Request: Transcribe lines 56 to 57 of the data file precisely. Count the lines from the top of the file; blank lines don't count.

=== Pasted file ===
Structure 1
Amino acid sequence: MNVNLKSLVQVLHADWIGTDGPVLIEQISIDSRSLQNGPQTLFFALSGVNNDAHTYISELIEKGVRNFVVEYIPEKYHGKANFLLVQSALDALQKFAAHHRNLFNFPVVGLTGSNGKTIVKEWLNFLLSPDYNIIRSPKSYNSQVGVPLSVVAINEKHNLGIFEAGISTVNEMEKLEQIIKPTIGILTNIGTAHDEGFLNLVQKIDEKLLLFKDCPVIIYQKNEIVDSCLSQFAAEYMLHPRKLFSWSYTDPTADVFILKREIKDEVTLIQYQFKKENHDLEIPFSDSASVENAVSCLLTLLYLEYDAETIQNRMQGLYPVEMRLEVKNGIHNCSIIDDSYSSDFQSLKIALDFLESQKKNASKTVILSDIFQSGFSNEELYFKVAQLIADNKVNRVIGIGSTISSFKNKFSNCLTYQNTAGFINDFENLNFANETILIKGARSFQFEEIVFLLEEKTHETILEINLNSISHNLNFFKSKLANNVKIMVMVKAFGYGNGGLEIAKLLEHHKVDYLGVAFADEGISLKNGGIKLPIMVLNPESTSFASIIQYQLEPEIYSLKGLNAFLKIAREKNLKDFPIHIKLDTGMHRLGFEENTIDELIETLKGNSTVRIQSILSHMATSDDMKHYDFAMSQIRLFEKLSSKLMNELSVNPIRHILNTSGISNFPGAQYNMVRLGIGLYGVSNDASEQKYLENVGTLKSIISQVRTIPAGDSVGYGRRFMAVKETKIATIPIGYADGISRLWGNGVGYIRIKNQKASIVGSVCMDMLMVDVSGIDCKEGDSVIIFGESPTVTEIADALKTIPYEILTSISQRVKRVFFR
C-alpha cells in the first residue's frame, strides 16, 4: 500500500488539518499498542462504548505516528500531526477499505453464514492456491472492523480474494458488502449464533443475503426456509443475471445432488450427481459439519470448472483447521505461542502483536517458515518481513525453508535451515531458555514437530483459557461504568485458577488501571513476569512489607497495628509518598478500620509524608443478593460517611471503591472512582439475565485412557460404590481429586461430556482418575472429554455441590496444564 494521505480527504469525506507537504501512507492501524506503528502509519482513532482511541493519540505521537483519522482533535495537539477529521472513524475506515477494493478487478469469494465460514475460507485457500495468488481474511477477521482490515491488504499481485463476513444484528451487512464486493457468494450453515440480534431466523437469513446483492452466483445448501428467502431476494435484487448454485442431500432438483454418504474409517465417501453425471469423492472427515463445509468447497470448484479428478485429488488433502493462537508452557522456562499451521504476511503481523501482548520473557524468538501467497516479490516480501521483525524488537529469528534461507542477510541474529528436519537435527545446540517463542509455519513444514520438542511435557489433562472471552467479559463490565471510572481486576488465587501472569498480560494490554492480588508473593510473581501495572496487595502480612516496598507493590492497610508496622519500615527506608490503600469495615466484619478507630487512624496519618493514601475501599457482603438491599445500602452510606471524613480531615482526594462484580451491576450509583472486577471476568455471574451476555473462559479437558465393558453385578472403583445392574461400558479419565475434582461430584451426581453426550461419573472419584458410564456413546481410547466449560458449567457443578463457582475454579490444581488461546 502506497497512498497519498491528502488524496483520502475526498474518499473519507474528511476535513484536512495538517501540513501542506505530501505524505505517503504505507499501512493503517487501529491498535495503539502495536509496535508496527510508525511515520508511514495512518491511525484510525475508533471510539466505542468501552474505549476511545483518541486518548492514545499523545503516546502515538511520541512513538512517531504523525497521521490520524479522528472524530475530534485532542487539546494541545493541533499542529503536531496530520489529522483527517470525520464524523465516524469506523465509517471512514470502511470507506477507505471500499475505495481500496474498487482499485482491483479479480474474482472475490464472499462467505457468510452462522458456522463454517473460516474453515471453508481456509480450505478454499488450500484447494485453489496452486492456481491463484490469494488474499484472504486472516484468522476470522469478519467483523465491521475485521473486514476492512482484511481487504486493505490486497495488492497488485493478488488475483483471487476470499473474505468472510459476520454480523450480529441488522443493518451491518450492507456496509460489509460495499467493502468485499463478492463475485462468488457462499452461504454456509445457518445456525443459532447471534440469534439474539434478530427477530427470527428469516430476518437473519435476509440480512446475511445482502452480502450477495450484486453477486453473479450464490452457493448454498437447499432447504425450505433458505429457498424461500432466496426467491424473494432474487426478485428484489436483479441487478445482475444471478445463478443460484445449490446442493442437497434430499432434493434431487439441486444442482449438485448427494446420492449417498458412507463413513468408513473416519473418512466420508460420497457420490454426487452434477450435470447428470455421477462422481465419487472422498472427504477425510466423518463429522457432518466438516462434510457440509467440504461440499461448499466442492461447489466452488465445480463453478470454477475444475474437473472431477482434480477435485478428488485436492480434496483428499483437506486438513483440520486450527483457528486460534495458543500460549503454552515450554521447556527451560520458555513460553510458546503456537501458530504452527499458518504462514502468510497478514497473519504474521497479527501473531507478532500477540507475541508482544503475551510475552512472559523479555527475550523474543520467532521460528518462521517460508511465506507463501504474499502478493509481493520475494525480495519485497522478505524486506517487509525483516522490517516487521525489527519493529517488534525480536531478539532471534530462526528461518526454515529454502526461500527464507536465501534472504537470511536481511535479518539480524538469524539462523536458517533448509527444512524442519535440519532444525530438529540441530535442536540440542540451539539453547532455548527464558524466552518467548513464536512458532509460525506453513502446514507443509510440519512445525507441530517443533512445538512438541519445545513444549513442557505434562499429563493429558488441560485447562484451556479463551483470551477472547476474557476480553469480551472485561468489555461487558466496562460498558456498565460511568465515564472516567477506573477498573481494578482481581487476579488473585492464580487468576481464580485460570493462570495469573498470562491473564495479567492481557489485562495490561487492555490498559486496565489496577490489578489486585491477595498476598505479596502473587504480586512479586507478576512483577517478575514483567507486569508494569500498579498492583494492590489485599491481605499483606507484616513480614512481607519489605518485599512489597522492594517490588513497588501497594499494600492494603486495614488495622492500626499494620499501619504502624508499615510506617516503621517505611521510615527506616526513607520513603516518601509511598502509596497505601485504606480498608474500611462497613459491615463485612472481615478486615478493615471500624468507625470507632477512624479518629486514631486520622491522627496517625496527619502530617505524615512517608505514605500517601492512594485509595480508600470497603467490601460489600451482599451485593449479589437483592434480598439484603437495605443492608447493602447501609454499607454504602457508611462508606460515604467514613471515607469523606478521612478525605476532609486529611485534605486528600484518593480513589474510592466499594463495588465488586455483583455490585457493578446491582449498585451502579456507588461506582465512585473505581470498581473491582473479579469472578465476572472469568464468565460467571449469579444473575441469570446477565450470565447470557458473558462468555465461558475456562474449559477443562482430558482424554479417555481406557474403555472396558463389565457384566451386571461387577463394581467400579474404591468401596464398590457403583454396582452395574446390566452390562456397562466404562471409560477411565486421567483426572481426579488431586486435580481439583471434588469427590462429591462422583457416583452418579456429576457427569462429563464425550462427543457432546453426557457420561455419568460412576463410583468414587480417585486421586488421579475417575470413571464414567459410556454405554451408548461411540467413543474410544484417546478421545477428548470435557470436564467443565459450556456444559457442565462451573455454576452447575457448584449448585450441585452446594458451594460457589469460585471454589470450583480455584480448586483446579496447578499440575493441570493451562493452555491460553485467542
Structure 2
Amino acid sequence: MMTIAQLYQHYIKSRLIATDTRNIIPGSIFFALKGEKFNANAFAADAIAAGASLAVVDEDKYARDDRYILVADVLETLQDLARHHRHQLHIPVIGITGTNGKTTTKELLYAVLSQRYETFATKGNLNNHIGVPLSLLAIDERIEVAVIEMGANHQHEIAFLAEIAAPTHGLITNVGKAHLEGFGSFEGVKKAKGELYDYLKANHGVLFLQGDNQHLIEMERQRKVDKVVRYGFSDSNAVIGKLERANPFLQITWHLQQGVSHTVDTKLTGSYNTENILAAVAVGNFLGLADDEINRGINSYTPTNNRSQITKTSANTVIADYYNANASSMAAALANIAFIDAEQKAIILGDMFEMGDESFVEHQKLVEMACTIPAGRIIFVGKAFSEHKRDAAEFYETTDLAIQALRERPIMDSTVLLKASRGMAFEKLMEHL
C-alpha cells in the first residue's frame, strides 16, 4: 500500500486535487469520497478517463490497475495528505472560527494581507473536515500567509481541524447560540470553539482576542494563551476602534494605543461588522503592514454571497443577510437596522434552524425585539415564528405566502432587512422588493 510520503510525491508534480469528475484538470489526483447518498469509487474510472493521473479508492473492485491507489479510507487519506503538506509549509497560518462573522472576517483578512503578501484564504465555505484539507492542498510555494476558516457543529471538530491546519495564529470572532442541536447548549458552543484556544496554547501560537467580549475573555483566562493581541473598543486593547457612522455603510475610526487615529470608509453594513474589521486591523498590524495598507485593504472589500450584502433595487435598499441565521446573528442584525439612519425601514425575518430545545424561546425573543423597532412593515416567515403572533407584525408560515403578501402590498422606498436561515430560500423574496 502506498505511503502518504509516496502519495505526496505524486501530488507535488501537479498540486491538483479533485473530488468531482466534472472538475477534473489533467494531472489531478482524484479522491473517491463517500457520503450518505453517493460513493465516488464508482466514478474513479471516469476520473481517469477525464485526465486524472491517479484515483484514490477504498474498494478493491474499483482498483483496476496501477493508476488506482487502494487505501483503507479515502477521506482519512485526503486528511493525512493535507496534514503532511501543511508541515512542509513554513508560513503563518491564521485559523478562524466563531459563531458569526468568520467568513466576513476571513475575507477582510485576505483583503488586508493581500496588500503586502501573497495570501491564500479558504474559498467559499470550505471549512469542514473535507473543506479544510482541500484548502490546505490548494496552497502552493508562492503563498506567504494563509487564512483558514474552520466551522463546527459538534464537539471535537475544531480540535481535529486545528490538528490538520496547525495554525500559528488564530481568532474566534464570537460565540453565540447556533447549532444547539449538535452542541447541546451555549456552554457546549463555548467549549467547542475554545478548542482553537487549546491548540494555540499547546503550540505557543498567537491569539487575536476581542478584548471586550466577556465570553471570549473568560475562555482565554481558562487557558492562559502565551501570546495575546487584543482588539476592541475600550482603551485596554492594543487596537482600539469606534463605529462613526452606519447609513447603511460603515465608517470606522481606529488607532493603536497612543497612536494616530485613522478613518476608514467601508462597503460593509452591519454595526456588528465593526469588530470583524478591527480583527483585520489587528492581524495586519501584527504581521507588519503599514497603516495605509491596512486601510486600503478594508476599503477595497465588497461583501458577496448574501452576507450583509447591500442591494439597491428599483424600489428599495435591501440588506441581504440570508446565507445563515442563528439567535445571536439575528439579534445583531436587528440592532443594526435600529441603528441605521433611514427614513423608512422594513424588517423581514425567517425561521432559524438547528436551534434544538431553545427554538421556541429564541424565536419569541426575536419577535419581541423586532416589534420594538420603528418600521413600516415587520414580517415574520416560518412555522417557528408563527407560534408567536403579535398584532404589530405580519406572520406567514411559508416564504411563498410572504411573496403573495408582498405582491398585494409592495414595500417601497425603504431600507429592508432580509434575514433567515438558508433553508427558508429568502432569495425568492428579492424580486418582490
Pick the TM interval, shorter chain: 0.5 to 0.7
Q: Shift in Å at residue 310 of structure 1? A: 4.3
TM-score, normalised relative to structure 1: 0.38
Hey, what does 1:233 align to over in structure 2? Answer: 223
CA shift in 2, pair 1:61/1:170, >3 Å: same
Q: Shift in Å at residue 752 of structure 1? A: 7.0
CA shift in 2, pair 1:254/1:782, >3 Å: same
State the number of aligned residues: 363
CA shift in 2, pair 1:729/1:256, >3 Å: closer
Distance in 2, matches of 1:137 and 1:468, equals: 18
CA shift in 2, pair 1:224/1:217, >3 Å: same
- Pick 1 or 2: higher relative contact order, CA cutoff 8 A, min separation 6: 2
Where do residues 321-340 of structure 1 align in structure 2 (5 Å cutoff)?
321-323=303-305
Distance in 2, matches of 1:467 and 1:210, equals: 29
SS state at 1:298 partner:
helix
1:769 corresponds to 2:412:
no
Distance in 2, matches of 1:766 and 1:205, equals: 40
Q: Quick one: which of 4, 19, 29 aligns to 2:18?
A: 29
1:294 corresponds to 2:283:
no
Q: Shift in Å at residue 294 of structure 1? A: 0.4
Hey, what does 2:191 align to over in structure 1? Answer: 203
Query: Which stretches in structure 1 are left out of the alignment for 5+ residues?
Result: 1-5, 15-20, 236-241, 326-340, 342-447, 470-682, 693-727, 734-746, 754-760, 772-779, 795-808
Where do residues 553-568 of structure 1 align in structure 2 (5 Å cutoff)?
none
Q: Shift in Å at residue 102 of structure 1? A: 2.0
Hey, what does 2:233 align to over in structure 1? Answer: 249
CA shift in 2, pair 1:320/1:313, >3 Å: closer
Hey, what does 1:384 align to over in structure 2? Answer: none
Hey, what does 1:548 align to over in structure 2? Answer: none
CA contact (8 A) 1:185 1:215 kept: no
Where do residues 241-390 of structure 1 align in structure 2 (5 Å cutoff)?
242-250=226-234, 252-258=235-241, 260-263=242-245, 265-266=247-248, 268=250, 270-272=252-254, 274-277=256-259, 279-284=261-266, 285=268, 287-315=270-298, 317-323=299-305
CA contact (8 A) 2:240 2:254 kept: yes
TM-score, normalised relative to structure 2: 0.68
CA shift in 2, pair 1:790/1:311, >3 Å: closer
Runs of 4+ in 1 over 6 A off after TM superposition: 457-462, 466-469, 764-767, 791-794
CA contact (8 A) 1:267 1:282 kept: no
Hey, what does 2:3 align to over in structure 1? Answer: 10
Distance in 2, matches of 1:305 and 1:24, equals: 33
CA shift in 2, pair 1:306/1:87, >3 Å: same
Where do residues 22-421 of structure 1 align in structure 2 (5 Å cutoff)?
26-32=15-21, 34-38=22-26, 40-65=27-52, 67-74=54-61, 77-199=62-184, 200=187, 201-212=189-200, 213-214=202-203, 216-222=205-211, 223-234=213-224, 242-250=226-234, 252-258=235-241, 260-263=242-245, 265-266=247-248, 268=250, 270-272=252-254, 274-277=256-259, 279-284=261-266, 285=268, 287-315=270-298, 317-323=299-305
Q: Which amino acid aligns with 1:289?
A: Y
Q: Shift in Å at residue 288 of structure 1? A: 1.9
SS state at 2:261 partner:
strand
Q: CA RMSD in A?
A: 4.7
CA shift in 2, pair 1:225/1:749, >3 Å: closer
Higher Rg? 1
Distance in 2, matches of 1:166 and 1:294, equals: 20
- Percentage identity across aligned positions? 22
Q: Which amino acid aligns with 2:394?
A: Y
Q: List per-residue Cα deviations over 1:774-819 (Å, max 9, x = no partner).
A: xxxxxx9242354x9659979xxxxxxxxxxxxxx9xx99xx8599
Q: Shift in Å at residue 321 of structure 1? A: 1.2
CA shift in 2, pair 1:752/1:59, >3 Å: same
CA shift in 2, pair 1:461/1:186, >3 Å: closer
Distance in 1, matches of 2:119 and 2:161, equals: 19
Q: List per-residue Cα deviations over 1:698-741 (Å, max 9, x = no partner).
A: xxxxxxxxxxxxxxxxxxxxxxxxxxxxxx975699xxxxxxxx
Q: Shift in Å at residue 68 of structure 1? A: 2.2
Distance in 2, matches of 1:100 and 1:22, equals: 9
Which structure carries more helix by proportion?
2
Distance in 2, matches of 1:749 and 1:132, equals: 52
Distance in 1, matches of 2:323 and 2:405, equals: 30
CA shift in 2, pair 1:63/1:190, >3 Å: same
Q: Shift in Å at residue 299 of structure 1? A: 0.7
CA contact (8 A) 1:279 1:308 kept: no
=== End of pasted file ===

A: Y
Q: Shift in Å at residue 288 of structure 1? A: 1.9